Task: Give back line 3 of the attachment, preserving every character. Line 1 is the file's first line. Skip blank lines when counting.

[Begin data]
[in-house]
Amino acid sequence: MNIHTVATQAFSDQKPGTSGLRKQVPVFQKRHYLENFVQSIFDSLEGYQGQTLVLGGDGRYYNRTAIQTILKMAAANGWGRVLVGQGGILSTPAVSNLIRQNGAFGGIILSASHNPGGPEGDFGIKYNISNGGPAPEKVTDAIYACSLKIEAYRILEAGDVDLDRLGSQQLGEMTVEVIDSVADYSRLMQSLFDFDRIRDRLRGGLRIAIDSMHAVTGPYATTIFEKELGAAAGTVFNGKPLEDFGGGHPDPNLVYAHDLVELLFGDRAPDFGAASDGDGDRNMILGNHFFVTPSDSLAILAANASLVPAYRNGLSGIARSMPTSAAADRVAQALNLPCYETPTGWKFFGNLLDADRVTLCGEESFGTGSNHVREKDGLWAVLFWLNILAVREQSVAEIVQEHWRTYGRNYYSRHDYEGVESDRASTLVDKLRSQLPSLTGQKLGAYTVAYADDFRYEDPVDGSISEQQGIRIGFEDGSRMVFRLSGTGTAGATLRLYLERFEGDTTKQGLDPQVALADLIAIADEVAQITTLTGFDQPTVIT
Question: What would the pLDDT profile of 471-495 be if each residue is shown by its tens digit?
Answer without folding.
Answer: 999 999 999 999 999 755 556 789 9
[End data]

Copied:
Question: What would the pLDDT profile of 471-495 be if each residue is shown by its tens digit?